Typical Pay for Advertising, Promotions, and Marketing Managers

The median annual wage for advertising and promotions managers was $100,810 in May 2016. The median wage is the wage at which half the workers in an occupation earned more than that amount and half earned less. The lowest 10 percent earned less than $44,950, and the highest 10 percent earned more than $208,000.

The median annual wage for marketing managers was $131,180 in May 2016. The lowest 10 percent earned less than $67,490, and the highest 10 percent earned more than $208,000.

In May 2016, the median annual wages for advertising and promotions managers in the top industries in which they worked were as follows:

Advertising, public relations, and related services $116,270
Management of companies and enterprises 110,060
Wholesale trade 96,670
Information 93,120
Retail trade 86,500

In May 2016, the median annual wages for marketing managers in the top industries in which they worked were as follows:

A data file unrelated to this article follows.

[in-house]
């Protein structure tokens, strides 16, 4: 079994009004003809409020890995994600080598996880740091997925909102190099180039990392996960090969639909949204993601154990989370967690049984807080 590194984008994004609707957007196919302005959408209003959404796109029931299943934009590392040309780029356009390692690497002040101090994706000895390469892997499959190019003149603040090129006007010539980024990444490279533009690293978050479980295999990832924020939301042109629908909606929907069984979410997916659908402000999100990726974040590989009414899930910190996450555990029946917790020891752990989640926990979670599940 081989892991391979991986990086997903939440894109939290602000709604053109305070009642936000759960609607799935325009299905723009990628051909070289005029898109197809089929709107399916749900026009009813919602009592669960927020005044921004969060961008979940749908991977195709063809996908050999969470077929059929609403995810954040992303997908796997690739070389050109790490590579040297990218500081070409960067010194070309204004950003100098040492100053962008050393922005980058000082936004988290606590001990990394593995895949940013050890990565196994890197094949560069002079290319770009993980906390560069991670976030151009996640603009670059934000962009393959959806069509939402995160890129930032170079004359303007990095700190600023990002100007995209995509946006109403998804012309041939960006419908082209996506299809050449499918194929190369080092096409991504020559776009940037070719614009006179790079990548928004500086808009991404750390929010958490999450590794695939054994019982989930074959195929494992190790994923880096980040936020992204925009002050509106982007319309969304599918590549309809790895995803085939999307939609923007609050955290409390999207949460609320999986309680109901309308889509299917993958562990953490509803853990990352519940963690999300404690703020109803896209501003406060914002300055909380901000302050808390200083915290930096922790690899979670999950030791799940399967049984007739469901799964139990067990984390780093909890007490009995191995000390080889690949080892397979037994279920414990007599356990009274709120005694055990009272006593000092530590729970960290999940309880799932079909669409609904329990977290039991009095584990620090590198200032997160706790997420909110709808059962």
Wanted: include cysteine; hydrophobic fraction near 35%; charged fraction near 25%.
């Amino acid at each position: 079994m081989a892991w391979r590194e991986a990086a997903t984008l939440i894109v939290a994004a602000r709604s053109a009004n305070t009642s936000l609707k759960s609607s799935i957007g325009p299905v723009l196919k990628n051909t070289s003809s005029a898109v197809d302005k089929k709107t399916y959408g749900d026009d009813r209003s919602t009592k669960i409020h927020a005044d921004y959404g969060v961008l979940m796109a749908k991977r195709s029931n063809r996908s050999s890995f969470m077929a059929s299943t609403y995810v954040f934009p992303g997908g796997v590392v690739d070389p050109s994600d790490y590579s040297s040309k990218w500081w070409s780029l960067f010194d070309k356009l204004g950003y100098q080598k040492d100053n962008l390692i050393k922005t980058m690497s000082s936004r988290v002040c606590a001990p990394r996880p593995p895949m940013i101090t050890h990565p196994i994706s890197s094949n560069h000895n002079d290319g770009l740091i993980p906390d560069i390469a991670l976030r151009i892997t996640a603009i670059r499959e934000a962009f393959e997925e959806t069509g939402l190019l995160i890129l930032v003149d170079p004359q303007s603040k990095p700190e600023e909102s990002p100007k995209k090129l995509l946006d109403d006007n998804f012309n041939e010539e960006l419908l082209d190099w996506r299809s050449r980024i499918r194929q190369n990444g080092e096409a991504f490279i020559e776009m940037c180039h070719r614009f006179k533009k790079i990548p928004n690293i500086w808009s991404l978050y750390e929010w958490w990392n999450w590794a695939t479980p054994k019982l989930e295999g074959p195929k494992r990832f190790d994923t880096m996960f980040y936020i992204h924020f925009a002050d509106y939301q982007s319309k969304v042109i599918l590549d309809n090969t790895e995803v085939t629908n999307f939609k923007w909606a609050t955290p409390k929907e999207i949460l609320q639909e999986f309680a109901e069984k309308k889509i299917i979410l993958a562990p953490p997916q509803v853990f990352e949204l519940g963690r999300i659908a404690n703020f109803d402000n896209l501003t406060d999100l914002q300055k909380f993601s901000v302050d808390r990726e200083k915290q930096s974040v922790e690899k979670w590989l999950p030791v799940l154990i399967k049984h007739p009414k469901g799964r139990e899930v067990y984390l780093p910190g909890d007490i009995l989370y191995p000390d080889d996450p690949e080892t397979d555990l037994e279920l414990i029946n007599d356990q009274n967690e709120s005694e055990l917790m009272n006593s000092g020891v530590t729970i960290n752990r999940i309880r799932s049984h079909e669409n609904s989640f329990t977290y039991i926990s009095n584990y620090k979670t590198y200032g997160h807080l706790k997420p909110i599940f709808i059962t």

Professional, scientific, and technical services $139,220
Management of companies and enterprises 138,080
Finance and insurance 137,510
Manufacturing 137,430
Wholesale trade 126,720

Most advertising, promotions, and marketing managers work full time. About one-third of advertising and promotions managers worked more than 40 hours per week in 2016.



 

What Advertising, Promotions, and Marketing Managers Do All Day

Advertising, promotions, and marketing managers plan programs to generate interest in products or services. They work with art directors, advertising sales agents, and financial staff members.

Duties

Advertising, promotions, and marketing managers typically do the following:

  • Work with department heads or staff to discuss topics such as budgets and contracts, marketing plans, and the selection of advertising media
  • Plan promotional campaigns such as contests, coupons, or giveaways
  • Plan advertising campaigns, including which media to advertise in, such as radio, television, print, online media, and billboards
  • Negotiate advertising contracts
  • Evaluate the look and feel of websites used in campaigns or layouts, which are sketches or plans for an advertisement